We have become obsessed with time. It is always about time. We are always talking about time. We never have enough time. We always run out of time. Time has become a commodity. “Time is money,” we say. In our frantic and fast-paced society, it has become a highly prized item. We need everything to happen fast: Fast food, fast delivery, fast cars, fast results, fast production. Thanks to electricity and the invention of the lightbulb, we are now able to lengthen our days, and since we are doing things faster, we can fit even more into our days. The electronic and digital age has been playing right into that. Things can now happen even faster. We can now work around the clock. And we do. Across timelines and irrespective of whether it is day or night, we are always switched on.
Then, out of the blue, the COVID-19 virus entered the scene and pulled the handbrake to end this frantic madness. Suddenly, billions of us are confined to our homes. We were simply stopped in our tracks. The one thing we now have more of is time, and if there is one thing we need to revisit before this handbrake is released, it is our perception of time.
Our lives are ruled by the time device called a clock. We are always watching the clock. Peter Henlein invented the first portable ‘watch’ in 1504 and, apparently, the first person to attach a portable time indicator to his wrist with a piece of string was Blaise Pascal. Nowadays, watches and clocks come in all forms, sizes and shapes. It is reported that the most expensive Rolex ever sold is the Daytona 6263 Oyster Albino, which went for $4 million in 2014. Whether ours is expensive or simple, we all have a watch or at least a clock.
But it was not always like that. Our ancestors were not clock-driven. They followed the flow and rhythm of nature. Daytime was announced by first light, and a day ended when darkness set in. Man and beast organized their lives around that rhythm. If they wanted to tell what time of day it was, they would use the position of the sun in the sky as an indicator. For ages, humans aligned themselves with these rhythms and cycles of nature. Nature was the only clock. Days turned into months, and the moon determined the monthly cycle. Without fail, the sun rose each morning and set in the evening. Months turned into seasons, and the rhythm and cycles continued unhindered.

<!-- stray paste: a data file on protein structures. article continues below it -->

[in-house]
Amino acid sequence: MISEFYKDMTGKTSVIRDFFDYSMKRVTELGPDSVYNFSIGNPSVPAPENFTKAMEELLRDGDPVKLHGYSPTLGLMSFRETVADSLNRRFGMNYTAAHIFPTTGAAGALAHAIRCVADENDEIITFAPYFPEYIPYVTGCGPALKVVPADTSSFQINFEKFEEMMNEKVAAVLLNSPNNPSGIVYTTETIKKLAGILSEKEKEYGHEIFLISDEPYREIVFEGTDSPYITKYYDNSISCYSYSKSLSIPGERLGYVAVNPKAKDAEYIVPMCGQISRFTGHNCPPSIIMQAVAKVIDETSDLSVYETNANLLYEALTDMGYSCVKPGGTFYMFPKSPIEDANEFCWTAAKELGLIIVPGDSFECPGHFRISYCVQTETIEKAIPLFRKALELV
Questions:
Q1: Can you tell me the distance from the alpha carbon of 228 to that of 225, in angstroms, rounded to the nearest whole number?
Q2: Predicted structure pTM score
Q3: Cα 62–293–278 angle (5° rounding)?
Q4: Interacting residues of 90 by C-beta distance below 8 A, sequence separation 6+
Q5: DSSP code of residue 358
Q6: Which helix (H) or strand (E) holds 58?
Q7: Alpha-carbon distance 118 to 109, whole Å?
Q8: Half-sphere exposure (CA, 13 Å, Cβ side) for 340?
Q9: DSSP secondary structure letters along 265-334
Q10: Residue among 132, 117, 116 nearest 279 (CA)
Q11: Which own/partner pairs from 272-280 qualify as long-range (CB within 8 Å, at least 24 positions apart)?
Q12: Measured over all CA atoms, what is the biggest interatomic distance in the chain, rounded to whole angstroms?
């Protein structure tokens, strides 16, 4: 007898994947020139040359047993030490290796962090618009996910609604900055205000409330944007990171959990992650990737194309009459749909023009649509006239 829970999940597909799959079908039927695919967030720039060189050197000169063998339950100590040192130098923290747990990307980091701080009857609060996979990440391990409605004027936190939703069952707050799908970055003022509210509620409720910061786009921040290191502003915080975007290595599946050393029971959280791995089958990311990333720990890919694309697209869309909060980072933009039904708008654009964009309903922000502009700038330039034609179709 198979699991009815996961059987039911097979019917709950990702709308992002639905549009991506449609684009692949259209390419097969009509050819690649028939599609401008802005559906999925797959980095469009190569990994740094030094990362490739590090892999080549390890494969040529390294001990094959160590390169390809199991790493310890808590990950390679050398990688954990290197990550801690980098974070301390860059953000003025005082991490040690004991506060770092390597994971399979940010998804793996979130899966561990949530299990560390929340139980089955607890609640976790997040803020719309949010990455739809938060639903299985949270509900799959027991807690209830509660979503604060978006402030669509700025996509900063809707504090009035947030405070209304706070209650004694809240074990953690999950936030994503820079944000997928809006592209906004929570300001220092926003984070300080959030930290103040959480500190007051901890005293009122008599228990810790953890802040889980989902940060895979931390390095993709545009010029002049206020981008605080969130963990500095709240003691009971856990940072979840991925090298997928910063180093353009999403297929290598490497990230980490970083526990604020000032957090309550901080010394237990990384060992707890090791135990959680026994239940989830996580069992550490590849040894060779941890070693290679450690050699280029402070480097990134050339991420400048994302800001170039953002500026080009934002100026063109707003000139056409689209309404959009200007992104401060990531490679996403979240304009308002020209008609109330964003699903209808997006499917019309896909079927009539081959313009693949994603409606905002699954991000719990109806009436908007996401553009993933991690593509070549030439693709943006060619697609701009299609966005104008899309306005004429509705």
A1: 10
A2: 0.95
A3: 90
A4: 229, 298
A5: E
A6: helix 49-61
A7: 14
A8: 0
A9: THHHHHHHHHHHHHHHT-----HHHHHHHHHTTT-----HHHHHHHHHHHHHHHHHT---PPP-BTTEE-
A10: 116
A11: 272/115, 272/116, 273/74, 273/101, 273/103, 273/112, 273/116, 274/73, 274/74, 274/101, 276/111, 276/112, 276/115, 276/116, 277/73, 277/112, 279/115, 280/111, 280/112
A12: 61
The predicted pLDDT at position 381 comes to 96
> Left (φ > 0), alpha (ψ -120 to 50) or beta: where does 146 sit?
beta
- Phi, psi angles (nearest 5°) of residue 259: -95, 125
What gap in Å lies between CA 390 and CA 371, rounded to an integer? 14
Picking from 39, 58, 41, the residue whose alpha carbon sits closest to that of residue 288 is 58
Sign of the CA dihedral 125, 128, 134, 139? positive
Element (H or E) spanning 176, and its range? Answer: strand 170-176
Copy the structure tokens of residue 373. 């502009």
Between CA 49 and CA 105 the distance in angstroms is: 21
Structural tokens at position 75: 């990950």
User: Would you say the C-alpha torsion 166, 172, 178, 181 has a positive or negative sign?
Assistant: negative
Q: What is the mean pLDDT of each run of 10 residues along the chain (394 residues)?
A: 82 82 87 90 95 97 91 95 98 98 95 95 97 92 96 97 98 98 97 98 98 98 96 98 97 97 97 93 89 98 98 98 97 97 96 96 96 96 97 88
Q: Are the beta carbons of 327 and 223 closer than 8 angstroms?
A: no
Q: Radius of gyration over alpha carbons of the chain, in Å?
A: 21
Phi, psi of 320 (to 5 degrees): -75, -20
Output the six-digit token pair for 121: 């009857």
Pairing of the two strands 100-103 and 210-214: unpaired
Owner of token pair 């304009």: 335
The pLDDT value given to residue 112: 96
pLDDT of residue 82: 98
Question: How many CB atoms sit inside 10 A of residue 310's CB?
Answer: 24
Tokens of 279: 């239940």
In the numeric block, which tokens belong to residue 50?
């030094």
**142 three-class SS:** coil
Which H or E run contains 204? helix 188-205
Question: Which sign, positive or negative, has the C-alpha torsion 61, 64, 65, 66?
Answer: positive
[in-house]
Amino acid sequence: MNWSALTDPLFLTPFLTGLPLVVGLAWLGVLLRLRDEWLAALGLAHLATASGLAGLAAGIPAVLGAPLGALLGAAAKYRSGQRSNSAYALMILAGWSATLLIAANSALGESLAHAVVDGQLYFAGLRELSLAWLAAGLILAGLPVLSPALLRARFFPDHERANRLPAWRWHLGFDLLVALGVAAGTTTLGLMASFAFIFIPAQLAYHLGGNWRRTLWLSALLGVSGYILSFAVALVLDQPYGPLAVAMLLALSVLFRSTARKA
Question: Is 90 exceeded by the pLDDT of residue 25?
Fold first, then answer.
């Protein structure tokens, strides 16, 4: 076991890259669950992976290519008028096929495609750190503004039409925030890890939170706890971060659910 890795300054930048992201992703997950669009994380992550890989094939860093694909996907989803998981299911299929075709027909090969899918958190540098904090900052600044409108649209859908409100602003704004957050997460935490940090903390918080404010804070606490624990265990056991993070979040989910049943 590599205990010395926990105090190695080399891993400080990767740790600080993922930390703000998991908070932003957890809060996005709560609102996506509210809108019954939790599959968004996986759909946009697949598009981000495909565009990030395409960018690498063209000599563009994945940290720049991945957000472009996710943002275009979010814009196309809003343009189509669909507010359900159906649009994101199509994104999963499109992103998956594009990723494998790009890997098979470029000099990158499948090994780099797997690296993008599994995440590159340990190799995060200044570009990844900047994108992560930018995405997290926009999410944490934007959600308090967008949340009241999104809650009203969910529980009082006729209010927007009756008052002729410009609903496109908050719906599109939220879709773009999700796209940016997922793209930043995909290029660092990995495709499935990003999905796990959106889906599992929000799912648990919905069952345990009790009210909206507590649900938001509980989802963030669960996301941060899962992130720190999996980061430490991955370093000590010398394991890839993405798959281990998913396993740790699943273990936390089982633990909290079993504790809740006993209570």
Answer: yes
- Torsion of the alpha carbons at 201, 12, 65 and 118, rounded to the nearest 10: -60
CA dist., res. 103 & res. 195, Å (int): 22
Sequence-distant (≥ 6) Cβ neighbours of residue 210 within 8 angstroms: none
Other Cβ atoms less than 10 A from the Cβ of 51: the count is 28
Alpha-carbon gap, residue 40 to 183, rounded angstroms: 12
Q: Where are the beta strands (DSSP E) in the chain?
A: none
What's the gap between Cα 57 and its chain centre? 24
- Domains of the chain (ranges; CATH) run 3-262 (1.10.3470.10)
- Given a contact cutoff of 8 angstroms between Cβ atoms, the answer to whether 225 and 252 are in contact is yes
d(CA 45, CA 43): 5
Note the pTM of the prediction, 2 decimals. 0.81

Sadly we have fallen out of rhythm with these natural cycles. Billions of us have lost our connection with nature. Thanks to industrialization and urbanization, we are no longer synchronized with these cycles and rhythms. There is no day and night anymore. Electricity and the lightbulb, as well as technology, enable us to override these natural cycles: now we can lengthen our days in order to be more productive, make more money and buy more stuff, without realizing the harm we are doing to the planet, our health and our relationships.
Meanwhile, our biological clocks are still programmed to the natural rhythm, but since we now follow the industrial clock, we have fallen out of sync with nature. As a result, we now also have no time for proper self-care, and thus our health and well-being are severely compromised. Nonetheless, even when we realise this, we stay mindlessly on the hamster wheel. We have no rhythm of work and play, work and rest. We are always switched on. And when the warning lights come on, trying to warn us that our relationships and our health are in danger, we just get a prescription from the doctor or we take drugs to numb ourselves, because we tell ourselves that time waits for no man.
But time is not the problem. It is not true that we don’t have enough time. Rather, we don’t have rhythm. We are out of sync. The sun still rises and sets. Seasons still come and go. Time itself has not changed. We just need to slow down and get in step. Our lives are often much like being in a speeding car: we are hardly able to notice the landscape rushing by, let alone having a normal conversation, when driving at breakneck speed. It is only when we slow down, that we start noticing stuff.
This COVID-19 pandemic has forced us to slow down. May we use this time wisely to notice what really matters most to us. May we connect again, with nature, with animals and with each other. May we hear our ancestors whispering, reminding us that there is a time for everything. May we not override the rhythms of life just because we can. May we not turn night into day and day into night. There is a time for everything. A time to work and a time to rest, a time to be with others and a time to be on our own. This moment on the planet is a time to be still, to reflect and decide how we want to continue the journey. We may have our watches strapped to our wrist, or our clocks hanging on the wall, but do we have time?